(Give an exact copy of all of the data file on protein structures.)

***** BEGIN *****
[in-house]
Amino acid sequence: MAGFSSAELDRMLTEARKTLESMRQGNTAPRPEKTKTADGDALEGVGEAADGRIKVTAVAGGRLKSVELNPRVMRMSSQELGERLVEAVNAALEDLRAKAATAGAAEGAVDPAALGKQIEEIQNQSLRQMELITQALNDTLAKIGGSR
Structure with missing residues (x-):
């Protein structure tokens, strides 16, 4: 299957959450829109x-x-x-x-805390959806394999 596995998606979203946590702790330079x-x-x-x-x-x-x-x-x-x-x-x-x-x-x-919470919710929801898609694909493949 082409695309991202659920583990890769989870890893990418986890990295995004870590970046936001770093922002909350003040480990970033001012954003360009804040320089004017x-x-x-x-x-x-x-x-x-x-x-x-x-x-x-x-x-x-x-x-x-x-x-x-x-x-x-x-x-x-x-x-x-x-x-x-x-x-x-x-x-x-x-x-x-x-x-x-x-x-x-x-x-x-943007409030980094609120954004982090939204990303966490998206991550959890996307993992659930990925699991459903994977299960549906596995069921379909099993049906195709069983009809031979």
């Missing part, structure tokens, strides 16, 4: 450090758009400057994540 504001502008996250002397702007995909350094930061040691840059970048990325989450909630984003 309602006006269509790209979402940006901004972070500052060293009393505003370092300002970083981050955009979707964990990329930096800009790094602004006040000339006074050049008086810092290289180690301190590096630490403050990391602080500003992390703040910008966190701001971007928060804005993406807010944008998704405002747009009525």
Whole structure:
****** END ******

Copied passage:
[in-house]
Amino acid sequence: MAGFSSAELDRMLTEARKTLESMRQGNTAPRPEKTKTADGDALEGVGEAADGRIKVTAVAGGRLKSVELNPRVMRMSSQELGERLVEAVNAALEDLRAKAATAGAAEGAVDPAALGKQIEEIQNQSLRQMELITQALNDTLAKIGGSR
Structure with missing residues (x-):
């Protein structure tokens, strides 16, 4: 299957959450829109x-x-x-x-805390959806394999 596995998606979203946590702790330079x-x-x-x-x-x-x-x-x-x-x-x-x-x-x-919470919710929801898609694909493949 082409695309991202659920583990890769989870890893990418986890990295995004870590970046936001770093922002909350003040480990970033001012954003360009804040320089004017x-x-x-x-x-x-x-x-x-x-x-x-x-x-x-x-x-x-x-x-x-x-x-x-x-x-x-x-x-x-x-x-x-x-x-x-x-x-x-x-x-x-x-x-x-x-x-x-x-x-x-x-x-x-943007409030980094609120954004982090939204990303966490998206991550959890996307993992659930990925699991459903994977299960549906596995069921379909099993049906195709069983009809031979």
């Missing part, structure tokens, strides 16, 4: 450090758009400057994540 504001502008996250002397702007995909350094930061040691840059970048990325989450909630984003 309602006006269509790209979402940006901004972070500052060293009393505003370092300002970083981050955009979707964990990329930096800009790094602004006040000339006074050049008086810092290289180690301190590096630490403050990391602080500003992390703040910008966190701001971007928060804005993406807010944008998704405002747009009525």
Whole structure: